Ta-da! Here she is, my first sock! I've taken her picture from a variety of angles, because I think she's just so beautiful. Well, really, she's not a conventional beauty, knit in cheap, gray yarn, but she's beautiful to me.
It was pretty painless to finish her up, minus a near-disaster. I grabbed what I thought was the empty needle to move it into position--but in fact I grabbed a needle full of stitches and ripped it out. I think I stopped breathing. I just stared at the whole mess in horror. "Maybe if I don't move, and I close my eyes and pray, and then open them again, it will be like it never happened." No such luck. I could feel my heart pounding in my ears. "Is this what a stroke feels like?," I wondered. Fortunately, I came to my senses, and very carefully pushed the needle back through the homeless stitches. Usually when I try this, I end up dropping half of them, and being a new knitter without the knowledge to fix but a few of the simplest mistakes, I end up frogging the entire project. This time, however, the needle and stitches cooperated. I got all the stitches back on the needle without dropping a single one, and continued on my merry knitting way.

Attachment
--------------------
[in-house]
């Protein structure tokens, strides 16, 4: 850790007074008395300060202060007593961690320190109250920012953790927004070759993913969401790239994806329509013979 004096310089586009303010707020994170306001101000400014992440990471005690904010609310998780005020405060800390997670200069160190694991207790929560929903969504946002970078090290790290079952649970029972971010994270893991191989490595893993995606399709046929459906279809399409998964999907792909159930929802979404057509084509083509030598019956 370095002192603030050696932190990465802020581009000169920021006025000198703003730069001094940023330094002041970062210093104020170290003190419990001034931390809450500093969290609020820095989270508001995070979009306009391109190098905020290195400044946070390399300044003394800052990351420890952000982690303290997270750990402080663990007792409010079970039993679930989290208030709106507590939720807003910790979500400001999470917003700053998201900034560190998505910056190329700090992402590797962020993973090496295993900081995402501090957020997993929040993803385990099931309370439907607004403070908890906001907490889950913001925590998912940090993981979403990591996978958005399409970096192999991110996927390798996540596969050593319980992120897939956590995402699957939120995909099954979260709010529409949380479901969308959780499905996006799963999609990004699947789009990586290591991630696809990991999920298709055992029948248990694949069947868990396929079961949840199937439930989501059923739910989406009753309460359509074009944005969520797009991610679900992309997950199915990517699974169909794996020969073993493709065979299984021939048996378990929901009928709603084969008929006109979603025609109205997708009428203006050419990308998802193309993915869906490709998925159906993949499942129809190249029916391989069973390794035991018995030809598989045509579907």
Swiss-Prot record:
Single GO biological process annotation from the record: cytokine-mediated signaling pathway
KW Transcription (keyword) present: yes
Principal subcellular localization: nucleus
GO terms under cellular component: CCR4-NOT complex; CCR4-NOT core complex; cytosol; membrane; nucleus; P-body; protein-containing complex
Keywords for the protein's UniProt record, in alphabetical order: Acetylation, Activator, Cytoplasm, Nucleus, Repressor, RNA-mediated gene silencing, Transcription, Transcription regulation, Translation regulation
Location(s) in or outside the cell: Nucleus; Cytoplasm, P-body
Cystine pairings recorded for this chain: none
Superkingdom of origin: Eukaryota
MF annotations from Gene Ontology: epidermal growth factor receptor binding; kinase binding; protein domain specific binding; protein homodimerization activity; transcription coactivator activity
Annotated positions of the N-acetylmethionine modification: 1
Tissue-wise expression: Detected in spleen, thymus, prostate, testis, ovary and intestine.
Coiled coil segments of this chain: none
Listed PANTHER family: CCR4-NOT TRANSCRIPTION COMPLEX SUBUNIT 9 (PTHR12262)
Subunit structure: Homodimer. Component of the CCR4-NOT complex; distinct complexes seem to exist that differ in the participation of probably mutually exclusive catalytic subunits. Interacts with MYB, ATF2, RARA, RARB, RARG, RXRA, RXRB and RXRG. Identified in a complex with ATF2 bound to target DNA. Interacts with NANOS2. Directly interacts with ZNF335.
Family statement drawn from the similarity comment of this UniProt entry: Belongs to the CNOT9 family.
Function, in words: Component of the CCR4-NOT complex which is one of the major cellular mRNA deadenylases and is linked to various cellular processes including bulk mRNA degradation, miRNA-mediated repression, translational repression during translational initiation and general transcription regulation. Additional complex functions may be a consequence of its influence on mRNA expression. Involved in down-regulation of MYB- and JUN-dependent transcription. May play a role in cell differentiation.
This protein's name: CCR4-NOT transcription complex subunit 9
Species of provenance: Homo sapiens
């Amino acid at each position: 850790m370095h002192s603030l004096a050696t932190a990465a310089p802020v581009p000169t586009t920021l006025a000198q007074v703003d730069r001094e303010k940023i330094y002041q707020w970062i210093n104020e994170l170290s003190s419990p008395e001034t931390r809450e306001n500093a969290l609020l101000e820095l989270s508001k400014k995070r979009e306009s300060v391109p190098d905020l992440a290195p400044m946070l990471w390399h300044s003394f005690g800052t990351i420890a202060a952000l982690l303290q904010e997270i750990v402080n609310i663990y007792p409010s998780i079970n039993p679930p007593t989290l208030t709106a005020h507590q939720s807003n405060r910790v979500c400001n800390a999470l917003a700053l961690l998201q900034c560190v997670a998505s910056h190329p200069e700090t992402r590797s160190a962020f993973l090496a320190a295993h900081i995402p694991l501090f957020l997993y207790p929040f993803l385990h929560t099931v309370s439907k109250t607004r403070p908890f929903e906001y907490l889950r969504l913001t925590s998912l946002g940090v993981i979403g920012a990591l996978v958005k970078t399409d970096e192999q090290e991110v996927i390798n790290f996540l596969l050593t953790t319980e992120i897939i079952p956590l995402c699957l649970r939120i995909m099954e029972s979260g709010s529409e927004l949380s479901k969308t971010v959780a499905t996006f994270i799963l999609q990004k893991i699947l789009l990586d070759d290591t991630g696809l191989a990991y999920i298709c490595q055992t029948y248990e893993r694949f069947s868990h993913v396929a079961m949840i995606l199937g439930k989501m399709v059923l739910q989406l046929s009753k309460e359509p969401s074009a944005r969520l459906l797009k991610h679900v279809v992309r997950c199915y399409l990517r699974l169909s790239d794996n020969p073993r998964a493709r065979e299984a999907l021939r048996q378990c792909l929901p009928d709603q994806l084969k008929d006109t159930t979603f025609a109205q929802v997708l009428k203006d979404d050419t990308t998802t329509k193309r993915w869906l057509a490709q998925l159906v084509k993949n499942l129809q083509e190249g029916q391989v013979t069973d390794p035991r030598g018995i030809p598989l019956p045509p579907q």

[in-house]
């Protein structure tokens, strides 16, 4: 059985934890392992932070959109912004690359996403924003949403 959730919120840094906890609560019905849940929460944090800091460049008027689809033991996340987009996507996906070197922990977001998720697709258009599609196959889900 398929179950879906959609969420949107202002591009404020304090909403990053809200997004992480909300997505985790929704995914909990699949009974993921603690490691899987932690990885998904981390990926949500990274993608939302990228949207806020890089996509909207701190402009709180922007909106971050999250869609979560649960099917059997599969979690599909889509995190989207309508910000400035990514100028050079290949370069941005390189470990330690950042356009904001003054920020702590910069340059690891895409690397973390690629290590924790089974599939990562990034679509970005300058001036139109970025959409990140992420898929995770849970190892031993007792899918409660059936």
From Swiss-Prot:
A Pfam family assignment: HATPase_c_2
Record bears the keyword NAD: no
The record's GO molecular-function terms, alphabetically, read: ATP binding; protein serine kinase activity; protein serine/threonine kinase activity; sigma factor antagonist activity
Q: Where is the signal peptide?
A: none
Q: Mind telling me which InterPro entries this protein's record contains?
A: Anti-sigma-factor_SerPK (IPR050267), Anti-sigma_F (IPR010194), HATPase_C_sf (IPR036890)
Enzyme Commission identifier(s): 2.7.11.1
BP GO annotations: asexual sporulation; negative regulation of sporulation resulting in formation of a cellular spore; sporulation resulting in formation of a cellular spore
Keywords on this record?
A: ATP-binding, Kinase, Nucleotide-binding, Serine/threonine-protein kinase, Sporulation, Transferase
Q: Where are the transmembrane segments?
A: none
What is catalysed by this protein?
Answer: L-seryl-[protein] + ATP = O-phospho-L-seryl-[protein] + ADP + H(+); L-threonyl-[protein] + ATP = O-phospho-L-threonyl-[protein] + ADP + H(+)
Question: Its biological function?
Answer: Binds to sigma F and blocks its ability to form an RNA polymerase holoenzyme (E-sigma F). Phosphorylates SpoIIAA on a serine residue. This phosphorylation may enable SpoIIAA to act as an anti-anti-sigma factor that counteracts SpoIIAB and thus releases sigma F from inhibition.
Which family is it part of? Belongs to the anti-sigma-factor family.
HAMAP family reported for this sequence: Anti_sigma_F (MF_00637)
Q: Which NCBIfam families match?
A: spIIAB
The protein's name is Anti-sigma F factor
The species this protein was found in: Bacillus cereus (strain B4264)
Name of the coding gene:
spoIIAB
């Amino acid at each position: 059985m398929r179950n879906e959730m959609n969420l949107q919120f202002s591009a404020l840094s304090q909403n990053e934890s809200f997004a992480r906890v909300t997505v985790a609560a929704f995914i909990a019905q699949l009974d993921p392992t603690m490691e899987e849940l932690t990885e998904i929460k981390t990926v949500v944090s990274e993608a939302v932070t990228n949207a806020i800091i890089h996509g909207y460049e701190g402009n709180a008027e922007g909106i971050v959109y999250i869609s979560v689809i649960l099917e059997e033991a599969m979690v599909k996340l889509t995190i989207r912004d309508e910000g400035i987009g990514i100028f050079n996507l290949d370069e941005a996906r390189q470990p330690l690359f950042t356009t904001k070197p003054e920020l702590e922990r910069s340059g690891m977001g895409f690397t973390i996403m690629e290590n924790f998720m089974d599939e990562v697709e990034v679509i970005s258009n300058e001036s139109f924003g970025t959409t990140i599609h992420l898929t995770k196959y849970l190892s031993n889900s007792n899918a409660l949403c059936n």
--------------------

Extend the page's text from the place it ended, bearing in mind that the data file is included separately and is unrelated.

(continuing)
I started working on her mate last night. I found that the top edge on this sock is a little tight, so I tried to cast on particularly loosely for the next sock. I then promptly messed up the ribbing--I think this is because I was distracted by the Orioles actually winning a game; they're playing on the west coast, so it was late, too--so I had to start over. I really need to get a book like this one to teach me how to correct my mistakes so I can stop frogging entire projects when I drop a stitch.